Masks in Denver: How the latest rules will work

You’ll have to wear face coverings while visiting businesses but won’t be required to use them while doing things like running or walking.
5 min. read
Martha Jamieson, owner of La Fiesta flower shop and piñataria, prepares a vase in her Federal Boulevard shop. April 22, 2020. (Kevin J. Beaty/Denverite)

Believe it or not, it's been a month since Gov. Jared Polis donned a face mask and encouraged Coloradans to start wearing them while out and about.

Now, cities like Denver are codifying the practice. Starting Wednesday, Denver residents and people working or visiting the city will need to wear face coverings while out in public. Unlike most COVID-19 orders that had an end date, this rule will last until further notice.

Here's what the new face mask rule means for you. 

You will need to wear a face covering -- whether an actual face mask or any fabric like a bandanna or other soft, permeable material -- while out in certain spaces. It must cover your nose and mouth at all times.

City spokesperson Heather Burke said in an email you won't be required use a face covering while you're recreating outdoors, whether walking, hiking, running or cycling. But you might want to consider wearing one.

"Unless you are in a situation where it is required, it is still encouraged to wear a face covering while out in public, especially during any activity when you are within six feet of another person," Burke wrote.

Some other requirements:

  • Face masks must be worn inside or in line to enter retail or commercial businesses.
  • Employees, contractors, owners and volunteers working in retail and commercial businesses must wear them. This includes places like reception areas, grocery stores, public restrooms and cashier and checkout areas. People working in spaces where food is prepared or packaged for sale or distribution must wear them.
  • They must be worn while visiting health care services, including local hospitals, clinics, walk-in facilities, behavioral health providers and facilities providing veterinary care.
  • They must be worn while waiting in line for and riding on public transit, including RTD buses and light rail, or using a taxi, private care services or ride-sharing service like Uber. Drivers or operators providing these services must wear face masks.
  • All workers, visitors and passengers at Denver International Airport will be required to wear face coverings. The face coverings should be worn even through TSA.

The city is encouraging businesses to post signs asking customers to wear face coverings. Mayor Michael Hancock said during a press conference on Tuesday he hopes people see the order as a social responsibility moving forward.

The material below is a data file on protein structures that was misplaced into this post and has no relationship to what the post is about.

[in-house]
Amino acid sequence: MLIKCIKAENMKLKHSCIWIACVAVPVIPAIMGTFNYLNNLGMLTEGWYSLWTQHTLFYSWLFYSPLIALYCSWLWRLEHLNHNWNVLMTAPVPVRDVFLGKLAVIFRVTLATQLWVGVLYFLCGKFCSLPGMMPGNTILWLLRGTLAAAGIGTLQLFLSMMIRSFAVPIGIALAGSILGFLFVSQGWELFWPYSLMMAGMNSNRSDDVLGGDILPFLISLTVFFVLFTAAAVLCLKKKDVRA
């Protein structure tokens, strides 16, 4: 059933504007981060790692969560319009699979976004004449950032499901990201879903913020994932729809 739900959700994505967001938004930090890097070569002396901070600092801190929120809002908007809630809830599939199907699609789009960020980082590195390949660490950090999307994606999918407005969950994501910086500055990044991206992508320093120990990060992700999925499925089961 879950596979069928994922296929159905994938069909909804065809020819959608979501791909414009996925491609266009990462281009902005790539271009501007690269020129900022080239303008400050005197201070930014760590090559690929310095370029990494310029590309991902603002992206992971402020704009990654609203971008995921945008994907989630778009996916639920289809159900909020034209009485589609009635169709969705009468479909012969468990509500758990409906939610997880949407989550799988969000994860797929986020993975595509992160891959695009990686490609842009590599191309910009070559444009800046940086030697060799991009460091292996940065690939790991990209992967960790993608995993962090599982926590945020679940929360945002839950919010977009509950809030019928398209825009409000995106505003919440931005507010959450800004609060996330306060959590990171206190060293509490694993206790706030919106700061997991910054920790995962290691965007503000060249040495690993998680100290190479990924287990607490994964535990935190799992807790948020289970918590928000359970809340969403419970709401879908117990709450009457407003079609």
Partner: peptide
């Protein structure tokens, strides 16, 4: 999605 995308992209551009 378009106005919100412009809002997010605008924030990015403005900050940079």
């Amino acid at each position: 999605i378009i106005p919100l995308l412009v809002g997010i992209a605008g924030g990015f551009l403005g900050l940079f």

"I strongly recommend wearing one when you're out and about," Hancock said. "I want you to look at this way, when I see people wearing face masks, I recognize they're working and doing everything they can to protect me."

Some other things to keep in mind:

  • You don't need to wear a face mask if you're driving alone or with someone in your family in your car.
  • You can be exempt if you have a medical condition that wouldn't allow you to safely wear a face covering.
  • You don't need to wear a face mask if you're working in a single room or personal space in an office as long as someone isn't regularly visiting the room and social distancing is practiced (meaning you're six feet or further from other coworkers).
  • Children who are three years and older will need to wear face coverings.

What happens if you don't wear a mask?

Violating the order could result in a civil citation, or a ticket, worth up to $999 per violation.

Burke said that multiple city agencies will be involved in enforcement.

"People will need to take the face covering order seriously, as they did with the stay at home order," Burke said in an email.

City Attorney Kristin Bronson said on Tuesday businesses can also be cited if they're not taking "reasonable steps" to ensure mask covering is practiced. Hancock said the order is not about strict caution and enforcement, but he said citations may be handed out to people who ignore the order.

"We expect businesses to make a good faith effort to get those that come into their stores to comply," Bronson said. "We also expect customers to make a good faith effort to comply."

Why is the city requiring masks?

In short, to help curb the spread of the novel coronavirus.

Vasi Reiva, a Denver Division of Public Safety cadet, helps set up a library inside the makeshift shelter for unhoused men at the National Western Center. April 8, 2020. (Kevin J. Beaty/Denverite)

Wearing a face mask can help both the wearer and the people around them since they catch saliva, which is one way COVID-19 can transmit between people. People can be asymptomatic but contagious, while those with mild symptoms can also infect others.

The city believes that face masks, keeping six feet away from others and frequent hand-washing greatly reduces the risk of transmitting the coronavirus. This guidance comes from state and federal agencies.

The face mask rule comes as the city's stay-at-home order is set to expire after Friday.

This story has been updated with additional comments.

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